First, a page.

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Hamlin deadline approaches, Romo finishes third


The deadline for Ken Hamlin and the Cowboys to get a long-term deal done is fast approaching. 

The Cowboys and McGuire have until 3 p.m. Tuesday to reach an agreement on a long-term deal or else the Pro Bowl safety can only play for the one-year tender offer of $4.396 million.

For a longer review of what's going on with Hamlin's contract, BTB-regular APerfectStar posted a link in this FanShot.


OK, here’s one out of the blue. A sportswriter for the Cleveland Plain Dealer was asked about the Browns next possible moves.

The more urgent need, of course, is for a veteran cornerback. I still believe they should make a pitch for Anthony Henry of Dallas, but the Cowboys want to get through their preseason without an injury before considering a deal.

There’s no way this could happen. The Cowboys, for the first time in a while, appear to have quality starters and real depth at cornerback. I can’t see anyway they mess with that this year. Starting next year, they may have some decisions to make, but let’s at least get Adam Jones through a full year without suspension. Let’s see Mike Jenkins and Orlando Scandrick play in actual NFL games. And let’s see what happens with Ken Hamlin long-term and Anthony Henry playing in some pseudo-safety alignments. Let all that happen then the Cowboys can look at dealing a player – in 2009.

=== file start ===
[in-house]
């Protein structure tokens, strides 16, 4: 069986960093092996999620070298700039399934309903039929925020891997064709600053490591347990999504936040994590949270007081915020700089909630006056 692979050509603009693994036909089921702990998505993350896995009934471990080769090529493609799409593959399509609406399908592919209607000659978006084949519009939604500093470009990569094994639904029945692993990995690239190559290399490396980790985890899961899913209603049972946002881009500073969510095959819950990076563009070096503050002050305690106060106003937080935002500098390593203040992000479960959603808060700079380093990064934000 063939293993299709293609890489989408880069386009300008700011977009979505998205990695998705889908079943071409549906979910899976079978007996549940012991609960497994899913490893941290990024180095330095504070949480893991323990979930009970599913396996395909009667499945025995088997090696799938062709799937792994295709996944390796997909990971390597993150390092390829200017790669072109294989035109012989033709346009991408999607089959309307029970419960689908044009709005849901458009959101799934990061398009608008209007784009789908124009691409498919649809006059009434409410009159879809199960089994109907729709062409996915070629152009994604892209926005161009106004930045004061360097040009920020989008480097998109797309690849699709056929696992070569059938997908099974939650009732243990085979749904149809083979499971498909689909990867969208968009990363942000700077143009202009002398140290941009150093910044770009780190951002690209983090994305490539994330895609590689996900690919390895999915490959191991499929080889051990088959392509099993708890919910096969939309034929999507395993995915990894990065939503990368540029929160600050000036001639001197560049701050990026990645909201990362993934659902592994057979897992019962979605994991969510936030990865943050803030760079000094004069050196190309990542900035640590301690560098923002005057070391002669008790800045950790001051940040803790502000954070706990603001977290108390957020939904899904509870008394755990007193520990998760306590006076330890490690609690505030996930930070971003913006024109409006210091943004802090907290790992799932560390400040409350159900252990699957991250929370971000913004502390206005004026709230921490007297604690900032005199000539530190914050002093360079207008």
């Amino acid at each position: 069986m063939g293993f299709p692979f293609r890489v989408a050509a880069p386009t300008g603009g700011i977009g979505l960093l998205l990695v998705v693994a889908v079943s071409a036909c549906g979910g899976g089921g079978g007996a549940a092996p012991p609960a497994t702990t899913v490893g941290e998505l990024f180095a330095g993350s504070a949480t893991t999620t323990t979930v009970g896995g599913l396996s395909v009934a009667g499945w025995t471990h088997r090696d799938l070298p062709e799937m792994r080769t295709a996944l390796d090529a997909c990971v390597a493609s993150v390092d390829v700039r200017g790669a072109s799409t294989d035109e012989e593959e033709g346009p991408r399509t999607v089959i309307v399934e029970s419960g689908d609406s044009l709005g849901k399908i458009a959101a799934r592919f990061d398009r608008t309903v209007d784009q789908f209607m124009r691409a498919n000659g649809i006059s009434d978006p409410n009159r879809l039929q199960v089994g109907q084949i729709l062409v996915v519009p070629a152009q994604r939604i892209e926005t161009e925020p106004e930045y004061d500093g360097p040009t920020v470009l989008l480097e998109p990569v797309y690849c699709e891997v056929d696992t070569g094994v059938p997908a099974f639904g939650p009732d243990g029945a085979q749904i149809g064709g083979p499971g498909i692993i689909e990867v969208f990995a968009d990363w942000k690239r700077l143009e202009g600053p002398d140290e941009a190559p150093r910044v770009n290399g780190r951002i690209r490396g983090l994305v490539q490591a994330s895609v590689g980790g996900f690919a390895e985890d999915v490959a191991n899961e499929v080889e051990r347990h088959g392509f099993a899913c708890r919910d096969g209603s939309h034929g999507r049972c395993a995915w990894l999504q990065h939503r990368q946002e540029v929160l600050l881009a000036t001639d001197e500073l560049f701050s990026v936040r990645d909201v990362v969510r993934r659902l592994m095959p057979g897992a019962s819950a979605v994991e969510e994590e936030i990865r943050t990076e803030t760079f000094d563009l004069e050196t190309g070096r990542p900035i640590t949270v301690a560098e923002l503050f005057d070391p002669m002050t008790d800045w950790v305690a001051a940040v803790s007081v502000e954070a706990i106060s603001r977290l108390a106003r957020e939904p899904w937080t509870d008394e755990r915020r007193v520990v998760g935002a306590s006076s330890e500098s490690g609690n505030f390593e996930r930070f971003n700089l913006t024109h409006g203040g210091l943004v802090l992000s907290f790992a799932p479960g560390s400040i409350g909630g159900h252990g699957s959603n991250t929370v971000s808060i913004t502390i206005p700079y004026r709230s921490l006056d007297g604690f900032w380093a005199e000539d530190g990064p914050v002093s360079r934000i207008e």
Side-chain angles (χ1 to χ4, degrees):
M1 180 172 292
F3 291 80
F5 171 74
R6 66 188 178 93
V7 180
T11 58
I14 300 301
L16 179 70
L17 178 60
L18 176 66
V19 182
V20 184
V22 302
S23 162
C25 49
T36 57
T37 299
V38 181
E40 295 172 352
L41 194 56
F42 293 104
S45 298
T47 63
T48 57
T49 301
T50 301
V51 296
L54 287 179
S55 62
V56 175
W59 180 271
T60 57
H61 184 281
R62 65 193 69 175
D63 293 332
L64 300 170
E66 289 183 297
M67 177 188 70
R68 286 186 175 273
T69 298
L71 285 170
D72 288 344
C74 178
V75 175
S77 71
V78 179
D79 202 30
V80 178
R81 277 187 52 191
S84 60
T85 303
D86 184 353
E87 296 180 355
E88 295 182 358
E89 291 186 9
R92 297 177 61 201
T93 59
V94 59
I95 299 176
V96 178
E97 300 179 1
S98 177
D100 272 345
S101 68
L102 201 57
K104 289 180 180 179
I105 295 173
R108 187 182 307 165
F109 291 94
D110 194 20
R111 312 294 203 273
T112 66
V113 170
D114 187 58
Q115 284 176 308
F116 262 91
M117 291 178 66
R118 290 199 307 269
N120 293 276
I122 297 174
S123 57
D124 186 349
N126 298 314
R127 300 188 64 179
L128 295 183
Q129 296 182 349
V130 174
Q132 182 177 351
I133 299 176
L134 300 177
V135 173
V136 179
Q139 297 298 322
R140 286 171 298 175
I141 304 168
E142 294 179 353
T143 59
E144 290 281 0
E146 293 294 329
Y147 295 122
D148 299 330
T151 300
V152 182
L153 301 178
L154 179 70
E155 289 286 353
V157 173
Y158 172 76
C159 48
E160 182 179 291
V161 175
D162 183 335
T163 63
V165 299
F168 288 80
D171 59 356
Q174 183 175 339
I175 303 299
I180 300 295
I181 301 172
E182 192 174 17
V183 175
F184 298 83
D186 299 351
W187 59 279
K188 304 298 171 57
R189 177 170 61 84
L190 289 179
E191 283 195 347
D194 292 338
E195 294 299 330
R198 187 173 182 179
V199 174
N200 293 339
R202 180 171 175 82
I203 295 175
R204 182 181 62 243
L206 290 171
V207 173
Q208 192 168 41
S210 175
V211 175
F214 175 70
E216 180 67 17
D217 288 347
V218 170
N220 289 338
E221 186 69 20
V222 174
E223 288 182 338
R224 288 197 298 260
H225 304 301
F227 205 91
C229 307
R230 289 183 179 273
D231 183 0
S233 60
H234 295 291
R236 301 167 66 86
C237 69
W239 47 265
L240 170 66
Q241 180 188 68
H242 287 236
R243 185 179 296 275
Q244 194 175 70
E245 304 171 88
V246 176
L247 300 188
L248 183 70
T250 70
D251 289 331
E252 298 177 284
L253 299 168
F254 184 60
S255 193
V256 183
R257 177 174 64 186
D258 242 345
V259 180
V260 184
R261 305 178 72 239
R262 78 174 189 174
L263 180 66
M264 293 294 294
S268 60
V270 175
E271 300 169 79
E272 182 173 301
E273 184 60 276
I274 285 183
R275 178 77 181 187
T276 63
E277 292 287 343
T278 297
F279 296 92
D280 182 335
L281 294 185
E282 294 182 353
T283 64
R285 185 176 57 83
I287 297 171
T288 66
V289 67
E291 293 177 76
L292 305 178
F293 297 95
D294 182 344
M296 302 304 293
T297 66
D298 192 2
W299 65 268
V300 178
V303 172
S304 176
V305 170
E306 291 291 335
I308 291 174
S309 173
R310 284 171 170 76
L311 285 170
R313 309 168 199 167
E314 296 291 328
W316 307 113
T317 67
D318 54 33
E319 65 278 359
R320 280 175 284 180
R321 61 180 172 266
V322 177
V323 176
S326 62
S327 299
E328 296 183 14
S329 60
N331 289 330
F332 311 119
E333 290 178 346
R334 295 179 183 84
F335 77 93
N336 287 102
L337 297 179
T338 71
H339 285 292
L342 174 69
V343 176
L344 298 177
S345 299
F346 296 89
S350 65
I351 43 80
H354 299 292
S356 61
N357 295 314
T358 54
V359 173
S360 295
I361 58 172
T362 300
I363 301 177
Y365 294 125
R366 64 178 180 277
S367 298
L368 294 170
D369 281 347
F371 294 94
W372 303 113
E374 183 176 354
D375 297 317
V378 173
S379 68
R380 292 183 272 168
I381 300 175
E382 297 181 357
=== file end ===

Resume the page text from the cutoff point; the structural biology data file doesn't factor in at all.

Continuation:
As a lot of you already know, Tony Romo finished third in the celebrity golf tournament yesterday. 

Romo also did an interview with Ed Werder for ESPN. Watch the interview as Romo plays with Werder. It’s like a boxing-match, no, more like sparring while training for a match. It’s not full-out combat, but when Werder starts with the questions about suspended players on the team, could there be locker room trouble, etc. – Romo coolly counter-punches with effortless efficiency and minimal malice. It’s like he doesn’t really want to make Werder look bad, except for references to his haircut, but wants to remind him that he’s full of it.

Kevin Burnett on Tony Romo.

Before games, [Romo] a Jason Witten are side by side talking football and what side adjustments they are going to use for that particular week. Once those two are done talking, Romo will grab 81 for a quick five-minute meeting to talk about mismatch opportunities and who the weak links maybe. Romo then gathers a few younger players and goes into a break down of the opposing teams coverage and personnel. On a side note I don't call very many people great because I believe the term is used too loosely today. When you look at 9, he does things that great ones do but he doesn't want you to call him great yet.

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